At worst, some seem to view EMV as yet another conspiracy of banks and card schemes against merchants. As one panelist described the situation: “Liability for signature transactions in brick-and-mortar environment today are with the issuers, while we (merchants) pay premium for the e-commerce transactions. With EMV, you are now transferring the liability to us for brick-and-mortar transactions (assuming merchants don’t migrate to chip), while doing nothing to solve e-commerce issues. And as we know, with EMV, fraud migrates to e-commerce, so we are getting hit twice.” So what does it all mean? It is very likely that 2015 deadlines will not be met. Or in other words, the merchants will not be ready and if the issuers are, the merchants will be hit by the liability shift. As I understood, if merchants had their way, they would:
  • Get rid of signature and move to a “common customer experience around the world”, i.e. Chip & PIN;
  • Get rid of PCI, or at least reduce the scope;
  • Get interchange relief or help with terminalisation;
  • Solve e-commerce.
Banks and schemes can agree or disagree with these positions. What is important is that there is a dialogue and all parties are involved. Merchants are a crucial constituent in the payments equation and their voice has to be heard. I know merchants are already active participants in key forums (e.g. EMV Migration Forum), and they should continue to collaborate with the industry to find the best solutions for the market.

“Should We Repel Durbin?”

“Should We Repel Durbin?”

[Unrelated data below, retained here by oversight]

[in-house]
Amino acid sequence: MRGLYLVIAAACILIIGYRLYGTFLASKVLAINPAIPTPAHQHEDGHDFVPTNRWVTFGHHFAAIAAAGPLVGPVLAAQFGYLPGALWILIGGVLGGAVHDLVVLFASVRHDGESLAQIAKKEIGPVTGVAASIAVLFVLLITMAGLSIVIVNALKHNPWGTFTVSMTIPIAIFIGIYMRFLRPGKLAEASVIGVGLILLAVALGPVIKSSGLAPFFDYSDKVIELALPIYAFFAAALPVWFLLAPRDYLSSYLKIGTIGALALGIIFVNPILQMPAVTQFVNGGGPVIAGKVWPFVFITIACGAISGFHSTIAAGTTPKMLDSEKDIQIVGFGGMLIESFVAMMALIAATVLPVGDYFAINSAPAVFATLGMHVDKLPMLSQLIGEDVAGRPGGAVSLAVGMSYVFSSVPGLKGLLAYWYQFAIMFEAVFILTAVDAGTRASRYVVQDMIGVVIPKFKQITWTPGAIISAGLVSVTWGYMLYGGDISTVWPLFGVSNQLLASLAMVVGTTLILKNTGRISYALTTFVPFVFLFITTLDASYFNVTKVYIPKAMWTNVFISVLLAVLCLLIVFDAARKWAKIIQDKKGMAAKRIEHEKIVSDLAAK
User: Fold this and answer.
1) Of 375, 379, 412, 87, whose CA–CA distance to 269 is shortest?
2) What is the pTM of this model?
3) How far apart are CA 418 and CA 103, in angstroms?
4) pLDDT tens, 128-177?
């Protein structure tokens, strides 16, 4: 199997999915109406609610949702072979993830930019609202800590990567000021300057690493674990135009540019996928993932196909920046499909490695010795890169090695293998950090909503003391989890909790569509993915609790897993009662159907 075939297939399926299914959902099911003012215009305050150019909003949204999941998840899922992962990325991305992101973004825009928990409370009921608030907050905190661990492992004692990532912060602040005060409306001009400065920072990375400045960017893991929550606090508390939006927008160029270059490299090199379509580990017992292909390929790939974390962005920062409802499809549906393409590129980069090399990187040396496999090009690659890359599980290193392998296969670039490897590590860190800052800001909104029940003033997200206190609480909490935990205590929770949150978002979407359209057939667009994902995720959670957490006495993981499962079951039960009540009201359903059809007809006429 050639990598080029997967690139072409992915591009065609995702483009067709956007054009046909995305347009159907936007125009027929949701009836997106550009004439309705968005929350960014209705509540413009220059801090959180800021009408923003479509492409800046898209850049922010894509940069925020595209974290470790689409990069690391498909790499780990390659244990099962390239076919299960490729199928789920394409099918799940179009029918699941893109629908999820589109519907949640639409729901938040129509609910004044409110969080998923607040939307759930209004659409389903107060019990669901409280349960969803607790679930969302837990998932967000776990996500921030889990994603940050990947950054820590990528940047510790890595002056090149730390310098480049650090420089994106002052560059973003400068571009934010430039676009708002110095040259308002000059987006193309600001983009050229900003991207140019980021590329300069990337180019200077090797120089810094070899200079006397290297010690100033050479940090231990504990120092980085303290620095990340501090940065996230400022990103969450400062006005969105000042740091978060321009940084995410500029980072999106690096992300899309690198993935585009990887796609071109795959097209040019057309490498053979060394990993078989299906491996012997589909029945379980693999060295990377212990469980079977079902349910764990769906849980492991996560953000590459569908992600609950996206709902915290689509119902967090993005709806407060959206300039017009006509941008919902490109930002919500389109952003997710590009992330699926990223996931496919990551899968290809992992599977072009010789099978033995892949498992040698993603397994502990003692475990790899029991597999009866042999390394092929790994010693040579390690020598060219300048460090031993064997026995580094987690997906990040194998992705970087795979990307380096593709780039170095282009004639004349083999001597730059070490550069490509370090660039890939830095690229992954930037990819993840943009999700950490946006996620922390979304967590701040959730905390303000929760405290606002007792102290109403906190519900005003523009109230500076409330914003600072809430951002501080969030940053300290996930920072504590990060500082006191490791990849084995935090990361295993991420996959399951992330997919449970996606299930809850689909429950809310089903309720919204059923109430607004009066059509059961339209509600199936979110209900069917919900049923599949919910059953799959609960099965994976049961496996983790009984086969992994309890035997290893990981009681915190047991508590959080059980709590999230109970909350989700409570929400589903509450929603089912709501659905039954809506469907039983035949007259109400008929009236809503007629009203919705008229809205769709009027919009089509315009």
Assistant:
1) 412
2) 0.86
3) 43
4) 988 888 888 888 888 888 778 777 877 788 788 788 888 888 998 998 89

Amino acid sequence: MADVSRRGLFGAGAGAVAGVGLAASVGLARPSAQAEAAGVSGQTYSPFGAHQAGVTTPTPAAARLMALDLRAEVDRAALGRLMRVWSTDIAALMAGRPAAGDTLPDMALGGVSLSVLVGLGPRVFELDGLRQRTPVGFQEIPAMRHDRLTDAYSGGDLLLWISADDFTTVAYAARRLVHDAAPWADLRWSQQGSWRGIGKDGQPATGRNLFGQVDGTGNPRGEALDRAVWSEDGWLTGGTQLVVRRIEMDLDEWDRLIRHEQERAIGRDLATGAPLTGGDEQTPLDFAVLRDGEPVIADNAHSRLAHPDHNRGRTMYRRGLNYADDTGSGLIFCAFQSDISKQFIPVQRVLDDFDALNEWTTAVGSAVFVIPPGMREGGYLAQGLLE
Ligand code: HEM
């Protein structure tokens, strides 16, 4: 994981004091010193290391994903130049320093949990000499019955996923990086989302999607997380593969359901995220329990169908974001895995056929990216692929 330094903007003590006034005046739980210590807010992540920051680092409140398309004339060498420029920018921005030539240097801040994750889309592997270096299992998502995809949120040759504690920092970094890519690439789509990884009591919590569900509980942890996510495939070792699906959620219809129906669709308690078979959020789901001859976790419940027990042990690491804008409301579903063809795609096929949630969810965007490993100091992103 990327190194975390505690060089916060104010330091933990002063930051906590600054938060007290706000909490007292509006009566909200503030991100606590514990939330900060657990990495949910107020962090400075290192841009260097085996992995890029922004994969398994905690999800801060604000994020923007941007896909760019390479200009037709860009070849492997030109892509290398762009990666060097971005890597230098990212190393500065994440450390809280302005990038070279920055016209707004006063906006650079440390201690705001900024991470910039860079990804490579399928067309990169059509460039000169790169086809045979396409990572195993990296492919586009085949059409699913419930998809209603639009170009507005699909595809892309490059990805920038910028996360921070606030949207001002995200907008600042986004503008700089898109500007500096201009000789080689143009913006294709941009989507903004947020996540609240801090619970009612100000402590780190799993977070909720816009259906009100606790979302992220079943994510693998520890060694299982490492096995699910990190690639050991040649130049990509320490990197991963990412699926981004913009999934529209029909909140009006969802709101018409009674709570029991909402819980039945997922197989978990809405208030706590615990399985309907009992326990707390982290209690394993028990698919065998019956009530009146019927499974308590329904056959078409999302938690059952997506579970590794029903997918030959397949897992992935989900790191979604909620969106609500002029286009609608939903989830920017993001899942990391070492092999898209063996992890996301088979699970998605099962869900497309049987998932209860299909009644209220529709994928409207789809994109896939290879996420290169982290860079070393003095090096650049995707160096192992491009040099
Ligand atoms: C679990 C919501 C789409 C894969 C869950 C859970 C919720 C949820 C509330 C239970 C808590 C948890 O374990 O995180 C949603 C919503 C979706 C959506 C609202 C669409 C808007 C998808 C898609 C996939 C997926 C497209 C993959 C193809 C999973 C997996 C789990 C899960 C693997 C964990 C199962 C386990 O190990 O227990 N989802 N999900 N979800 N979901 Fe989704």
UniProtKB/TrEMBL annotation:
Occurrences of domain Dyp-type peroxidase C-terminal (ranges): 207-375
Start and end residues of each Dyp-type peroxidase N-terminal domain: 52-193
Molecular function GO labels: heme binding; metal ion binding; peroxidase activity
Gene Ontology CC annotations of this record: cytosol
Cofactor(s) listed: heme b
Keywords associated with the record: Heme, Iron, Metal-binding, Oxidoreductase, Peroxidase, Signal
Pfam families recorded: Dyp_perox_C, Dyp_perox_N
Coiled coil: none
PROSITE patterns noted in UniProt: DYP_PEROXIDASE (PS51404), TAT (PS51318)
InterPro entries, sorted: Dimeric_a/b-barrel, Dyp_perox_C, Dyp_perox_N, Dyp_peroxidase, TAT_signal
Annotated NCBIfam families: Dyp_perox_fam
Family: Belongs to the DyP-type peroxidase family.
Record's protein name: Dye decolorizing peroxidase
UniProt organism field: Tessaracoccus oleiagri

That was the question someone asked me last week at an ATM, Debit and Prepaid Forum. I know – it was in Vegas, the person was joking and the question is really a rethorical one. And yet, it kind of rings true, because no one seems to be happy with the new regulation. Except, of course, the lobbyists, lawyers and other industry advisors. And perhaps some acquirers and ISOs. As expected, “Life after Durbin” discussions dominated the event. Of course, the large debit issuers are unhappy – the general consensus is that this will wipe out about $8bn in annual interchange revenue for the industry. The issuers are looking for ways to cut costs or to raise revenue. It was interesting to watch how nearly everyone had to update their slides, as Bank of America withdrew their planned $5 debit card fee about 24 hours before the official conference started. The bank itself explained that they “listened to the customer feedback and acted accordingly.” The smaller exempt issuers are not entirely unhappy. Credit unions announced a large new customer intake (“760k new accounts in the last 10 days, more than in the entire year previously”). However, they are worried that they will also feel competitive pressure on interchange or might be discriminated by the merchants and their acquirers. Also, it remains to be seen how profitable the new customers will be for them. Prepaid issuers seem to be unsure what to make of it. On one hand, some prepaid cards are exempt from regulation, however, the exemption conditions and small print gets very complex very quickly. Cue in the lawyers and corporate counsels to help navigate the regulatory maze. The network routing rules banning the exclusivity arrangements are seen as an opportunity by at least some of the networks, especially the smaller ones. However, the implementation – renegotiation of contracts, setting up of routing rules, etc – is not an insignificant undertaking for all involved. Cue in consultants and more lawyers. Perhaps most surprisingly, the merchants are not happy at all. The merchant panel, represented by senior executives from Walmart, 7-Eleven and McDonald’s was one of the most interesting sessions at the Forum. They all expressed disappointment in the final regulation. Walmart said that the regulation was a “disappointment, but a good start for future regulatory reforms, including credit.” It is true that for small ticket purchases, the costs of debit acceptance have gone up, as it’s now a flat fee, i.e. the cap was implemented also as a floor. When asked if and when consumers can expect to see lower prices, the merchants responded by saying that the “merchant market is very competitive, therefore any cost changes will be passed to consumers, both increases and decreases”. In other words, “expect prices not to change much or perhaps even go up.” Redbox, a US-based DVD rental firm, already followed through on this and raised its prices for DVD rentals from $1 to $1.20 quoting increases in their costs of debit processing. Smaller merchants are also unhappy because it might take time for any savings to trickle through to them. Unless their acquirers and processors charge them “interchange plus”, they may find it difficult to demand immediate reductions in their bundled fees. Those with lower volumes may also lack the necessary know-how or may simply prefer avoiding the hassle of putting pressure on their acquirers to lower their fees. It will take a better part of next year for the full effects of Durbin regulations to become clearer, but the early signs are that it won’t reach all of its intended outcomes. So, what’s next? P.S. As an aside, this year’s ATM, Debit and Prepaid Forum saw the best-ever attendance – over 1,100 participants – and had a very interesting agenda with great speakers. Congratulations and thank you to SourceMedia, the event organisers, and Tony Hayes, a conference chairman (and a partner at Oliver Wyman, Celent’s parent company) for all their efforts!